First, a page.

ASD varies widely in type and severity. “There are people with autism who function very well, and there are people with autism who are unable to speak, and everything in between,” says Dr. Veenstra-VanderWeele.
“It’s natural for parents to feel adrift and afraid when learning their child has ASD. However, there is reason to be hopeful: Researchers are making rapid gains, and we are seeing better outcomes through high-quality, early intervention,” he says. “Also, research is moving quickly, and experts are understanding much more than they did 20 years ago.”
Here, Dr. Veenstra-VanderWeele offers guidance and tips on coping with a diagnosis, and how to be your child’s best advocate.
- Have hope. Behavioral and educational interventions can make a big difference. Further, autism research is moving quickly, providing us new opportunities to help people with ASD.
- Remember that your child is an individual. Your child is first and foremost his or her own unique person, then a child with strengths and difficulties, and only then a child with ASD. Receiving a diagnosis does not change the child you know and love.
- Build a strong support system. Find people you can trust to support you as an individual, and then to support you as a parent of a child with autism. Acknowledge that this isn’t easy and give yourself credit for what you do.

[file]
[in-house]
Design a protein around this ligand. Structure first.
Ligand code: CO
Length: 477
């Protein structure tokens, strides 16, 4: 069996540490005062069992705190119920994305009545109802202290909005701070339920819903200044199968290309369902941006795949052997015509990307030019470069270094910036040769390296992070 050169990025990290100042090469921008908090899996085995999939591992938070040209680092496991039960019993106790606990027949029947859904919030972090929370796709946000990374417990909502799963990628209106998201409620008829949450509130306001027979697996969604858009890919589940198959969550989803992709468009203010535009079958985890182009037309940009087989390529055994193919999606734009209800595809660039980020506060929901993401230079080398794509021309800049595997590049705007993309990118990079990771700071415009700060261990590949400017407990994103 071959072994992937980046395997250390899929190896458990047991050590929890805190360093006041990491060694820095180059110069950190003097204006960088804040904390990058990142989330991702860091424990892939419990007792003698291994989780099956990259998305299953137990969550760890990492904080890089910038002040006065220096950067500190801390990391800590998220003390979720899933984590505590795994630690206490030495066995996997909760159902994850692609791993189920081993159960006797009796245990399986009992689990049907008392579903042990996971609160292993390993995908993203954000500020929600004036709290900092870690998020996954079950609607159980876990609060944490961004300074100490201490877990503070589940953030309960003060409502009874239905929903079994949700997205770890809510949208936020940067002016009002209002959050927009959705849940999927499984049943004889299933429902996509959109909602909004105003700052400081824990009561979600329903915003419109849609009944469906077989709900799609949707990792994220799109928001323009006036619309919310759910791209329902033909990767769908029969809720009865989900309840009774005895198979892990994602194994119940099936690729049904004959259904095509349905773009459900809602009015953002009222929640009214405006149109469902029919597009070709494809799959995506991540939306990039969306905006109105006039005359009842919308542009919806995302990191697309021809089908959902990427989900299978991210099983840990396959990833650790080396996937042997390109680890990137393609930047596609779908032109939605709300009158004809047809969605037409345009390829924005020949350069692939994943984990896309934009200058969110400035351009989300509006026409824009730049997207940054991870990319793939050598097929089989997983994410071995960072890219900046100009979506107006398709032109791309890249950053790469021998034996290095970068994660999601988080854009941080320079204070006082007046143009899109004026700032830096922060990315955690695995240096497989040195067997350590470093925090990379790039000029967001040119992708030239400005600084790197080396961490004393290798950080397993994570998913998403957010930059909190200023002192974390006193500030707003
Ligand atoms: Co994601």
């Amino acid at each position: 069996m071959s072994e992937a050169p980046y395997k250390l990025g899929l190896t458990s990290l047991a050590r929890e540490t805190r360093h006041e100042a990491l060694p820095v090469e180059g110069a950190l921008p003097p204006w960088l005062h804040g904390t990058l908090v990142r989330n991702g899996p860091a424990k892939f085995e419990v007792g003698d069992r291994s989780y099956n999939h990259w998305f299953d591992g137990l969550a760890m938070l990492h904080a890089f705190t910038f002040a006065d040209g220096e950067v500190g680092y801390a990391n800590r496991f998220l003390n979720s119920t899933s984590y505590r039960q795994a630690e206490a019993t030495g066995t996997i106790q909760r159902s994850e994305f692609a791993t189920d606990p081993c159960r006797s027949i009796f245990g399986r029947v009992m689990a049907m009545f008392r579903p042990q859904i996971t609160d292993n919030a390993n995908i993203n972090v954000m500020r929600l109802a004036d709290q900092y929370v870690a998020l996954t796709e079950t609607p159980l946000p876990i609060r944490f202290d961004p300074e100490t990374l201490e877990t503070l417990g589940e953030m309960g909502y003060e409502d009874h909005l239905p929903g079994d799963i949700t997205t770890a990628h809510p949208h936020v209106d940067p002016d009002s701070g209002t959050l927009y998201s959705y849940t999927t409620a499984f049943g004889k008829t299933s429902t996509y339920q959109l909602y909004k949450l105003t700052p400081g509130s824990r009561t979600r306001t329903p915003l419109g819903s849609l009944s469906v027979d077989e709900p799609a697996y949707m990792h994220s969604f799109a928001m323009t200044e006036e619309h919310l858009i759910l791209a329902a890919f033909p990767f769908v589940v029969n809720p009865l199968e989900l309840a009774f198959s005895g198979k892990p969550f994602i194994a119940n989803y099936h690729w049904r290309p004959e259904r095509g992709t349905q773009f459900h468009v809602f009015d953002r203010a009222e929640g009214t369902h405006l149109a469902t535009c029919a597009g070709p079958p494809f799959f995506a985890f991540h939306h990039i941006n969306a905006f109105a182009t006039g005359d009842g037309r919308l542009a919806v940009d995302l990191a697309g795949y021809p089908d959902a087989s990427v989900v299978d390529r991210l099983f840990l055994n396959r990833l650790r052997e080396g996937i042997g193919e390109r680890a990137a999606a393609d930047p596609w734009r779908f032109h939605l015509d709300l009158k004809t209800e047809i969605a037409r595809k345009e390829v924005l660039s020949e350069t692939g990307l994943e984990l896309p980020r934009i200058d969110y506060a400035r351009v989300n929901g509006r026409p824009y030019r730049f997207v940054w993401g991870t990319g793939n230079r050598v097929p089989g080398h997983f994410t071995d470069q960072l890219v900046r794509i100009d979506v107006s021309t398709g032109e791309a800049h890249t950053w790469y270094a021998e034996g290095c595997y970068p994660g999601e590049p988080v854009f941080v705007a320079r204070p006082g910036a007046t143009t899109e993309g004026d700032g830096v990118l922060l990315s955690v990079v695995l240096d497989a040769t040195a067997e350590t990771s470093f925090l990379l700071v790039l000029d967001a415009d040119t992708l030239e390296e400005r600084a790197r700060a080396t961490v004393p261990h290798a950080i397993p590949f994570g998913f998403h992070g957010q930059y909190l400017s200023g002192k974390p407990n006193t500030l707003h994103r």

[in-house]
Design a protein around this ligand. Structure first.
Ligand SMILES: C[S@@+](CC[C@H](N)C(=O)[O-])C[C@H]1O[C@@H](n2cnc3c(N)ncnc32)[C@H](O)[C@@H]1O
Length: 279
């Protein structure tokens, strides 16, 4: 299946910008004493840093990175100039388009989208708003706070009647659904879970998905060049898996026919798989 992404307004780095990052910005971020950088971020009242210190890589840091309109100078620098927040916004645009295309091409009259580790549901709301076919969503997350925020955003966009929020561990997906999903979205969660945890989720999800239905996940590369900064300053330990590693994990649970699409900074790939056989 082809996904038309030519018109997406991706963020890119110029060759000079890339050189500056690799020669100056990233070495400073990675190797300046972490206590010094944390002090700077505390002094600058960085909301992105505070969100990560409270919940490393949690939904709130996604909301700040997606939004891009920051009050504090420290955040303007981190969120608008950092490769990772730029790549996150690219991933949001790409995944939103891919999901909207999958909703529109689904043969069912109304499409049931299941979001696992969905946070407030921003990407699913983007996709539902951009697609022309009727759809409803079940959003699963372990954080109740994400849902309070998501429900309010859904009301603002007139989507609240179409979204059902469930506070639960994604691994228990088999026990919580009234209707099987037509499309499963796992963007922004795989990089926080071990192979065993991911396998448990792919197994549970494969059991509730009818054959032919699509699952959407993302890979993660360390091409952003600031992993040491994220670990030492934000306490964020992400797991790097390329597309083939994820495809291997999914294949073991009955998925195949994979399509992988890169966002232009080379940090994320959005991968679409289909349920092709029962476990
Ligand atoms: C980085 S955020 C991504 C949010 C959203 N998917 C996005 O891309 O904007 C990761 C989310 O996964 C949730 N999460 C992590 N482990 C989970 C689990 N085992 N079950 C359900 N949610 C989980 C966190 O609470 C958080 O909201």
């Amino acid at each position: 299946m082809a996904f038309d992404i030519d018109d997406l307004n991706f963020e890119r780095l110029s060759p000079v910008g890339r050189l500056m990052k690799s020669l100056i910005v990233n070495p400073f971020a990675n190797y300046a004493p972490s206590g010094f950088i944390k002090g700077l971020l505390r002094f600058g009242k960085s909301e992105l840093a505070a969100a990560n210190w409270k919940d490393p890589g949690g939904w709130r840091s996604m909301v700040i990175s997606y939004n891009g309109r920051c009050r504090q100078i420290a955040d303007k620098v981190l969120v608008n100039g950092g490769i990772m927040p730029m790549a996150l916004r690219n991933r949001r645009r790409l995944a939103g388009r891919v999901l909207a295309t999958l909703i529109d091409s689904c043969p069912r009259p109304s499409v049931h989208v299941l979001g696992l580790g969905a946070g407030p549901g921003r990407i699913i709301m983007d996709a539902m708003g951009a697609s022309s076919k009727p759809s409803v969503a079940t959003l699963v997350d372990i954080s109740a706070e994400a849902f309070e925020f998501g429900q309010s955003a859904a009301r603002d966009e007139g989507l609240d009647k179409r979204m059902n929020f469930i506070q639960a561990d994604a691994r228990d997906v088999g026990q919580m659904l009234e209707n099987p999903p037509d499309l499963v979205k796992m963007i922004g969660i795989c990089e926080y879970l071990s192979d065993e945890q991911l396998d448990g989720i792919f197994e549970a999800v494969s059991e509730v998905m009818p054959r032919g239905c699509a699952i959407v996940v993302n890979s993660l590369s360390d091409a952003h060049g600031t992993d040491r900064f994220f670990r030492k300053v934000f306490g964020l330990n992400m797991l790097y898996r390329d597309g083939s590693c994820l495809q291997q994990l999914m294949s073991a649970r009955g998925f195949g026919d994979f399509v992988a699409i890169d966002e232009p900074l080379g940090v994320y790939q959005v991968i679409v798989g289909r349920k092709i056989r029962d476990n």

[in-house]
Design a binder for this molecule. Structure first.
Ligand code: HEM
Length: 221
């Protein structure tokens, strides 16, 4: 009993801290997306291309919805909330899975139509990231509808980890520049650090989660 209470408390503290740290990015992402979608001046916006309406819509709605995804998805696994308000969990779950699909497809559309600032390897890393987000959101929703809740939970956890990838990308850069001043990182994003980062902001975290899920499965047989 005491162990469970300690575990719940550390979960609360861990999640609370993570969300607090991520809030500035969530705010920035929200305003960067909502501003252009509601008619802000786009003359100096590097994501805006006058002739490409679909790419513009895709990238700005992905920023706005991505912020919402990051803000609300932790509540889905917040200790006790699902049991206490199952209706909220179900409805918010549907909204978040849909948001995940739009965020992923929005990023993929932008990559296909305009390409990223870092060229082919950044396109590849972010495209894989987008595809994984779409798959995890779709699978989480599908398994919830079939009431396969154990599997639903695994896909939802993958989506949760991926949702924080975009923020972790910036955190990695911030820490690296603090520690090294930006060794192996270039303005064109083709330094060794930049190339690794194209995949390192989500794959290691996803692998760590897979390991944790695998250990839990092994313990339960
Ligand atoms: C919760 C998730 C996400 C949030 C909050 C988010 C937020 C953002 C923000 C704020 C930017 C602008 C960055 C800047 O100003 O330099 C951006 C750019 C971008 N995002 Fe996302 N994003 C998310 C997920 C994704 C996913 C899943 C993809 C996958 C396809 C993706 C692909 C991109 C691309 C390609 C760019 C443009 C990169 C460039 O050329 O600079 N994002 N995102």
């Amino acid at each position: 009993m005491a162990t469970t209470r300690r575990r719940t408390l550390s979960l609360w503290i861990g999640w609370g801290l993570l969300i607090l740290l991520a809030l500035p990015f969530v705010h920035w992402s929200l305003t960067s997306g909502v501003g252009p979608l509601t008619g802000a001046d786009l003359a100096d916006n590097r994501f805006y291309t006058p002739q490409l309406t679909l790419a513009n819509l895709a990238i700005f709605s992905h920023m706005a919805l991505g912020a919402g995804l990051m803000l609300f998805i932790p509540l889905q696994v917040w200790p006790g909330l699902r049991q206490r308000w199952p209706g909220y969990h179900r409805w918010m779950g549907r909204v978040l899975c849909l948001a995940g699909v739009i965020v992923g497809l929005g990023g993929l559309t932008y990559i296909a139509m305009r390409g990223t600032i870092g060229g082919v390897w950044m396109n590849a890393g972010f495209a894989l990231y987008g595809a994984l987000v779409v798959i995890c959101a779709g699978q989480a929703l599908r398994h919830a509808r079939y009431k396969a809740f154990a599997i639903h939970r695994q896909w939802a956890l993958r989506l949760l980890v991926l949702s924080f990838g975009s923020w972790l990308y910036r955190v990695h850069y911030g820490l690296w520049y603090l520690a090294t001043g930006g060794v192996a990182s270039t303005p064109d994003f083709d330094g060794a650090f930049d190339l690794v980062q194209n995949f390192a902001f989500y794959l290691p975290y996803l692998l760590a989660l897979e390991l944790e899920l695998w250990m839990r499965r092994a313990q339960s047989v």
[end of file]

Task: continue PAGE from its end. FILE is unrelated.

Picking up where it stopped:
- Find credible sources and resources in your community. You will hear many contradictory and unfounded pieces of information. Stand up for what you think are the needs of your child. Find professionals whom you trust and resources in which you have faith. Don’t be afraid to ask for help. Other parents can be important sources of information, but every child with ASD is different.
- Enjoy each other. Do things that you and your child can enjoy together. While opportunities for learning are important, shared enjoyment is also important in a family.
- Set goals. Set small, reasonable goals for your child and figure out how to accomplish them. Have ideas for next steps that aren’t miles down the road.
- Make time for your partner. Set aside some time, even just a few minutes, to focus on each other and not the child. Listen to each other’s needs and perspectives as you consider what you will do for your child.
- Have reasonable expectations for your child’s behavior. Do not let your child do things that you would not let another child of the same age do, such as biting people or climbing on counters. Do not punish, but interrupt quickly, be firm, and redirect, offering a distraction when necessary.
- Build on your child and your family’s strengths. Help your child find things she or he loves and use that passion to build experience and/or skills. If your family is passionate about something like music, sports, or travel, find a niche for your child in that interest.